Explore the Greater Yellowstone Area with us


Healthy golden eagle fledgling

I’m holding a large, healthy golden eagle fledgling captured in late June.

Wow! Time has flown by this summer field season, and this entry is way overdue. There is so much to report regarding field excursions into Yellowstone and our ongoing golden eagle study. I’ll focus on golden eagles with this entry and catch up with Yellowstone grizzly bears and other topics in the near future. Cottontail and white-tailed jackrabbit populations are still in a low phase of their cycles, and that continues to have a big effect on our eagles.

Richard Jones and Nathan Horton with newly-banded golden eagle fledgling

Richard Jones (left) and Nathan Horton with newly-banded golden eagle fledgling.

Richard Jones just completed our final aerial surveys, and most nesting is complete; only a few active nests still contain nestling eaglets. Although most of our 65+ eagle territories were occupied this year, fewer than 20 pairs actually laid eggs. Of the eggs that successfully hatched, more than half have survived to leave the nest, but we found evidence that a few of these fledglings did not survive long. We don’t know for sure why these birds died, but it’s a good bet they were not getting enough to eat late in the season — there are surprisingly few prey remains in most nests, and some of the surviving fledglings we’ve banded have been malnourished.

Dead fledgling

This dead fledgling was found under its nest, apparently soon after fledging.

It is a tough time for golden eagles in the Bighorn Basin! We suspect this is typical of what happens when cottontails crash here; the eagles really do not seem to be able to switch to an alternate prey species! It will be interesting to see what happens as cottontails begin to increase in number again.

May 7: Fieldnotes from the Edge of the Wild

About to board a helicopter for an early April nest survey flight.

Our leased helicopter, with pilot Josh, research assistant Richard, and videographer Penny, about to board for an early April nest survey flight.

Greetings to all! Today (May 7,  2013) is much too beautiful to be inside, but here I sit in my office awaiting an upcoming phone conference. At least I can write about some recent experiences in the field and anticipate fieldwork later this week. On April 5 we completed early season aerial surveys to determine the status of golden eagle nests in our Bighorn Basin study area. Eagle chicks began to hatch around April 27.

This is the 5th year of our research program to determine the relationships between golden eagle reproduction and various environmental factors in the sagebrush-steppe habitat in the eastern margin of Greater Yellowstone.

An active aerie, with an incubating golden eagle!

An active aerie, with an incubating golden eagle!

At this point, the number of active nest areas is a bit higher than last year, but not nearly as high as 2009 and 2010, when cottontail rabbits were far more abundant in our study area. We’ve seen cottontails crash since 2010, and eagle reproduction has declined similarly. No clear understanding of why rabbit populations in some areas tend to exhibit repeated cycles of abundance and scarcity. Some studies indicate that abundant rabbits deplete and otherwise stress their food plants—possibly causing a significant reduction in nutrition value of the preferred plants, and thus inhibiting rabbit reproduction! Other possible explanations involve increased incidence of disease in a dense rabbit population or even a stress response of rabbits to too many other rabbits, thus inhibiting successful reproduction.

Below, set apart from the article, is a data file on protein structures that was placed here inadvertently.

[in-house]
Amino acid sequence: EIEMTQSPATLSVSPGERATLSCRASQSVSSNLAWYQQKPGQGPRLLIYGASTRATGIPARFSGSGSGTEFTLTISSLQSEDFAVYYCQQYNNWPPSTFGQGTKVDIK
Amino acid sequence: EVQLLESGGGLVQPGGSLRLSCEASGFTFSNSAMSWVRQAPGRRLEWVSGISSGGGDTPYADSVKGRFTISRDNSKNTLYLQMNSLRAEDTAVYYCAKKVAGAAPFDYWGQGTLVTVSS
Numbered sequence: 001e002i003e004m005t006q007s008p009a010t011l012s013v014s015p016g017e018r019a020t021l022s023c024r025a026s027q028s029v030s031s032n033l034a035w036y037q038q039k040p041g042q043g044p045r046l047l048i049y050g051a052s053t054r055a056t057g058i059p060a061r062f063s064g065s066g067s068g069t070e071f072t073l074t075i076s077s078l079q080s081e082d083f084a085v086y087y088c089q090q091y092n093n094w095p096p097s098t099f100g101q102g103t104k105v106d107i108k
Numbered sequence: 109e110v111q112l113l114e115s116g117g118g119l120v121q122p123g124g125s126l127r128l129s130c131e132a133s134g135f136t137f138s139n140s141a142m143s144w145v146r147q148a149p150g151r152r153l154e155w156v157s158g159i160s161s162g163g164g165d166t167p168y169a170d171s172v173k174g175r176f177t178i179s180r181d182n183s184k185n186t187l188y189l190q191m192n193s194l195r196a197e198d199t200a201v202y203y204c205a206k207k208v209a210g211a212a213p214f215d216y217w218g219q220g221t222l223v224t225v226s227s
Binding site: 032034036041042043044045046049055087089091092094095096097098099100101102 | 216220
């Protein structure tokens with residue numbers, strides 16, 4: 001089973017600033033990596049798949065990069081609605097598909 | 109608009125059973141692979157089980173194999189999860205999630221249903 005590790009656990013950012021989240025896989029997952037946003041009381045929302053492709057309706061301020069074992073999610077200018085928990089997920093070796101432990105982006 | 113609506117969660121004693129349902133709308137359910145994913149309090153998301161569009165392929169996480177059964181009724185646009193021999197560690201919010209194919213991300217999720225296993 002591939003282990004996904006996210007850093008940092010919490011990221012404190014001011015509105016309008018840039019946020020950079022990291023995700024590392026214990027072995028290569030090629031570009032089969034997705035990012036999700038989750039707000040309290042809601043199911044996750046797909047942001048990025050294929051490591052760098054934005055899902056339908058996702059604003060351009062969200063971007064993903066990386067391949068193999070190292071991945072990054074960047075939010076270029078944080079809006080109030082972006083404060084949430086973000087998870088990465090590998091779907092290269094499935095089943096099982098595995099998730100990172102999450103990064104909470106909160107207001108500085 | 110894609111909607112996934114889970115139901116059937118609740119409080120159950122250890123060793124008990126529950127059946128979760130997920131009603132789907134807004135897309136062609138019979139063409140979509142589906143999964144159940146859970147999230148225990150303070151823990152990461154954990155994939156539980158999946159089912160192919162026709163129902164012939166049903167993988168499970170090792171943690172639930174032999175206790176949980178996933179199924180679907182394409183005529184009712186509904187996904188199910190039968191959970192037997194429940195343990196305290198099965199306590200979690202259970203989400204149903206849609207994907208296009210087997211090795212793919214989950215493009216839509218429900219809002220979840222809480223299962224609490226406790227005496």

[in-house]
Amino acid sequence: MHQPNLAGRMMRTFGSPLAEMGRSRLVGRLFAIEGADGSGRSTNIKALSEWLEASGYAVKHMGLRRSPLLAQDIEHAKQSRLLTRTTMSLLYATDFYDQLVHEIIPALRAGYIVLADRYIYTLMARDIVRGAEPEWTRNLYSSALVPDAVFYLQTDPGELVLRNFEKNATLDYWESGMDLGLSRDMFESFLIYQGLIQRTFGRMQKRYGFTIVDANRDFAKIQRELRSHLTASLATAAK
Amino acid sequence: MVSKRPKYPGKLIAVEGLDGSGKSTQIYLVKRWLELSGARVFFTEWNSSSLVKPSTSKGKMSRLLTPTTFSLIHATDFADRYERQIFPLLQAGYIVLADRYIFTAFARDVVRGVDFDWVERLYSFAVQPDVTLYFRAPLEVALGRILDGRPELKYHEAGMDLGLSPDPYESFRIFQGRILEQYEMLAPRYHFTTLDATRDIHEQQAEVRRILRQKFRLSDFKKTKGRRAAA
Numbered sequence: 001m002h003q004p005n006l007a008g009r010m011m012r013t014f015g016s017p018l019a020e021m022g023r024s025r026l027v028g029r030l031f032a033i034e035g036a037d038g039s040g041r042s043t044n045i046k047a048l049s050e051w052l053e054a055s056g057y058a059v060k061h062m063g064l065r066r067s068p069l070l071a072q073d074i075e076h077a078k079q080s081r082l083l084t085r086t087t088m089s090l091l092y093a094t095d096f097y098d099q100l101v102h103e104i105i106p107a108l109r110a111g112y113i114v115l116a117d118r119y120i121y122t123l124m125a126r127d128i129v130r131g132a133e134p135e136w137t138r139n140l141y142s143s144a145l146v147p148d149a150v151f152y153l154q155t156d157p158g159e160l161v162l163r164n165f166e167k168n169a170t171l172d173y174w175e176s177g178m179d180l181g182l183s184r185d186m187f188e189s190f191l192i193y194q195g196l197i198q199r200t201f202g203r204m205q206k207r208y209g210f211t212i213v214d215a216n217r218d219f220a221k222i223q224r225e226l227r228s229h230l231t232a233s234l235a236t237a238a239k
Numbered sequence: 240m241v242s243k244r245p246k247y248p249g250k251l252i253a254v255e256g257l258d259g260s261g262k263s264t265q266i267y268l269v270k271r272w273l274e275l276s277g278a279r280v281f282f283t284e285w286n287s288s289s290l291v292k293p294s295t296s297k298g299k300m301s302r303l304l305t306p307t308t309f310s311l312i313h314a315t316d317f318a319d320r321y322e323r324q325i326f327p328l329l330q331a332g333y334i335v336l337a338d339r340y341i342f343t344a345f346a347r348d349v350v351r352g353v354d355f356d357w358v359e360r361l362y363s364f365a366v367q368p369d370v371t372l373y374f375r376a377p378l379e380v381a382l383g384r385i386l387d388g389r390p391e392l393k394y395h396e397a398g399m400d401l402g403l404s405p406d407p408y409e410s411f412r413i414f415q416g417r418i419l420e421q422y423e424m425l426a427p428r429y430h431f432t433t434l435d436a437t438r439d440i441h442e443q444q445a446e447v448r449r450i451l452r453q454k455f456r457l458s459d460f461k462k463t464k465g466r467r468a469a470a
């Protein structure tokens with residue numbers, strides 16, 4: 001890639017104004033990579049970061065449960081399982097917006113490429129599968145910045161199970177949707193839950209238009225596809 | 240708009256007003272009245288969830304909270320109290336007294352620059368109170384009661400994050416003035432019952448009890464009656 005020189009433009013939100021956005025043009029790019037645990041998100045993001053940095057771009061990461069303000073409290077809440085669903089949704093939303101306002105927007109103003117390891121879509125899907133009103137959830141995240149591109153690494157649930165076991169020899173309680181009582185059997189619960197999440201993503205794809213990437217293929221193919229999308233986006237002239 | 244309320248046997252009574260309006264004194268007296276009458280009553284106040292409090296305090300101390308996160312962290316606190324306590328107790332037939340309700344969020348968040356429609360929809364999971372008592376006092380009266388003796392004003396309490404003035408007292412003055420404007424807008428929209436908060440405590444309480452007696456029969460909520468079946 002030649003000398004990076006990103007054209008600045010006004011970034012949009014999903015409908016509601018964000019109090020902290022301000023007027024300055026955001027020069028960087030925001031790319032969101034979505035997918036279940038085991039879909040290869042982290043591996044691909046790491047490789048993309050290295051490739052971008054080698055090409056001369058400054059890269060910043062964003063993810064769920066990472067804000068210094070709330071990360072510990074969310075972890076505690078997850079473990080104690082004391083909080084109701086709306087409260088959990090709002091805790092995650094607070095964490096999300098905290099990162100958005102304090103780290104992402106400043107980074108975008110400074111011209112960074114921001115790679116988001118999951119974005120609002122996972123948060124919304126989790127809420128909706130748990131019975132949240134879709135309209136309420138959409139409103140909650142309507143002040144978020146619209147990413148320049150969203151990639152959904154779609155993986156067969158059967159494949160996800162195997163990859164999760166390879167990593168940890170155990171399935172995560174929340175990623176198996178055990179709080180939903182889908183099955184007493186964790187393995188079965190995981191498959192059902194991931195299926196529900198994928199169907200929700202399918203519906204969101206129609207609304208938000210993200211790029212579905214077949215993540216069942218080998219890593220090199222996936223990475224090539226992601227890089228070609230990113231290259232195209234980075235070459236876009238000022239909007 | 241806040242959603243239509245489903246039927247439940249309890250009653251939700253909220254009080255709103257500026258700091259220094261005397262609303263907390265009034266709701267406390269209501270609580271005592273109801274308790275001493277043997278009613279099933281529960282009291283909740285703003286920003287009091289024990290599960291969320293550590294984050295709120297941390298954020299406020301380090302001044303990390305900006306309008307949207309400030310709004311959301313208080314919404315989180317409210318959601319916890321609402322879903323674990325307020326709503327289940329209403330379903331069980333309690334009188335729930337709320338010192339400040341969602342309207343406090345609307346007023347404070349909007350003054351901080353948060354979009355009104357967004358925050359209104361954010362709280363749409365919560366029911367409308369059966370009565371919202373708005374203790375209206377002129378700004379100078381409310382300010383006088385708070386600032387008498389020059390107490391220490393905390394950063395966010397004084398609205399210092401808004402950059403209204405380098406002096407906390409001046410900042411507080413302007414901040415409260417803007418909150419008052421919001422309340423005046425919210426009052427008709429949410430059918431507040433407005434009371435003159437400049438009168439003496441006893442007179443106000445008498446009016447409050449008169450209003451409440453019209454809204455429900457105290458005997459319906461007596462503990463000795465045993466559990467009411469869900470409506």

Drought is apparent from the air.

The winter drought was apparent from the air when we flew over the Bighorn Basin in early April.

We’re also finding that human activities have caused some eagles to abandon nest-sites, but it is difficult to separate out the effects of natural prey cycles and human-caused interference. It is the interaction of so many factors that makes ecology both an exciting and extremely challenging science! This is also the reason why long-term studies in ecology are so important: …given time, we are much better able to tease apart the effects of confounding factors, like weather, food availability, human activity, etc. on wildlife populations. We’re anxious to begin analyzing data at the end of this year to really begin to understand how the sagebrush-steppe ecosystem functions and what drives and threatens golden eagle populations in the American West. Stay tuned in the next several weeks for reports, photos, and video from the field reported by our Golden Eagle Posse volunteers and the rest of our research crew. In the meantime, get outside and explore the wild!

December 14: Fieldnotes from the Edge of the Wild

Responsibility and Credibility in Communicating Conservation Science to the Public

Rough-legged hawk

A melanistic rough-legged hawk (Buteo lagopus) recently captured and released by our Draper Museum team in the Bighorn Basin.

Last week was typical of scientific fieldwork involving the capture and marking of large raptors in Rocky Mountain winters―long hours of setting traps before dawn and waiting quietly in cold, windy conditions, punctuated by brief moments of exhilaration, immediately followed by attempting near-surgical precision with frozen hands while we secured, weighed, measured, banded, and released unhappy predators brandishing 3 – 4-inch, needle-sharp, talons! Our primary objective was to place colored, uniquely-coded leg bands on resident eagles to help us determine nest ownership and turnover in our long-term study of golden eagle nesting ecology in relation to human activity in the Bighorn Basin. But we also wanted to band some non-resident raptors such as rough-legged hawks, to help determine the specific breeding origin of these winter visitors to the Greater Yellowstone Ecosystem.

A winter wildlife trip

Participants in one of our winter wildlife field trips―often the most impactful conservation stories are those that people experience themselves.